Direct work with individuals and families
Social workers need to be able to work directly with individuals and their families through the professional use of self, using interpersonal skills and emotional intelligence to create relationships based on openness, transparency and empathy. They should know how to build purposeful, effective relationships underpinned by reciprocity. They should be able to communicate clearly, sensitively and effectively, applying a range of best evidence-based methods of written, oral and non-verbal communication and adapt these methods to match the person’s age, comprehension and culture.
Social workers should be capable of communicating effectively with people with specific communication needs, including those with learning disabilities, dementia, people who lack mental capacity and people with sensory impairment. They should do this in ways that are engaging, respectful, motivating and effective, even when dealing with conflict - whether perceived or actual - anger and resistance to change.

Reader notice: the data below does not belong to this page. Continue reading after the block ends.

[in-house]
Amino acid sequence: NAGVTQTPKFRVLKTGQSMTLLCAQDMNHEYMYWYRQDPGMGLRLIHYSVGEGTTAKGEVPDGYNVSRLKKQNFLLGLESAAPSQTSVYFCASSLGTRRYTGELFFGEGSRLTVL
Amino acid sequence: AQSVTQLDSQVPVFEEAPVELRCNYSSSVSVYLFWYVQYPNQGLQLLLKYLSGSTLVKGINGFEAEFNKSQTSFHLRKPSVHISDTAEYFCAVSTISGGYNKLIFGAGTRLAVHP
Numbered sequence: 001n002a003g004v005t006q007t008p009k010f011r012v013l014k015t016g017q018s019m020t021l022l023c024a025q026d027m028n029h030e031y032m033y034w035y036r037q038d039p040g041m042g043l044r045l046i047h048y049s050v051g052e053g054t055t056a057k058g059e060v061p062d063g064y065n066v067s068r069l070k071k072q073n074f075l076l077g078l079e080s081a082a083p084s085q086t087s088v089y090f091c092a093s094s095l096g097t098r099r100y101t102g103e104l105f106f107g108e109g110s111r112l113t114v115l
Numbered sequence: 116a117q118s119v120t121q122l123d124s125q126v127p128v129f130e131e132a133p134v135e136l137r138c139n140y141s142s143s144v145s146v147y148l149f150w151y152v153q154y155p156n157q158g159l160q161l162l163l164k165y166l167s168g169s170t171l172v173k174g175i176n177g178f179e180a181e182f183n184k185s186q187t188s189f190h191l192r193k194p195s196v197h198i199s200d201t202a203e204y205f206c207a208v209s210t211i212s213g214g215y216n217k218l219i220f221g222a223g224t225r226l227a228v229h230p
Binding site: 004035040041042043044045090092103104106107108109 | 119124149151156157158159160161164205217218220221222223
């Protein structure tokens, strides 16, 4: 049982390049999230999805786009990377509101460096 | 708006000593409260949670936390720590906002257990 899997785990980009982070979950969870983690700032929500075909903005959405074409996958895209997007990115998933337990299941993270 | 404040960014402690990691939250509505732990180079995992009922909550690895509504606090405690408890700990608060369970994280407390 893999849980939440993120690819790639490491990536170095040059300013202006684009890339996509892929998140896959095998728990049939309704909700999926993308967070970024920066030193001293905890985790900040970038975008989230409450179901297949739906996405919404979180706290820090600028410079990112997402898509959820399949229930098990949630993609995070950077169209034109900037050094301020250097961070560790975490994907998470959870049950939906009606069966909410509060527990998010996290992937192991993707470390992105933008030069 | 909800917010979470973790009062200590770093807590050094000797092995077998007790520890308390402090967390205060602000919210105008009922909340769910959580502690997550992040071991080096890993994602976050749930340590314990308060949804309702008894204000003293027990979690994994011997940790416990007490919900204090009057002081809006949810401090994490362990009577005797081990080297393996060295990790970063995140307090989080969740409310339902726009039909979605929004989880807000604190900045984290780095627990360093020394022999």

Social workers should have a high level of skill in applying evidence-based, effective social work approaches to help service users and families handle change, especially where individuals and families are in transition, including young people moving to adulthood, supporting them to move to different living arrangements and understanding the impact of loss and change.
The full Knowledge and Skills Statement for social workers in adult services can be viewed on the Department of Health and Social Care website.
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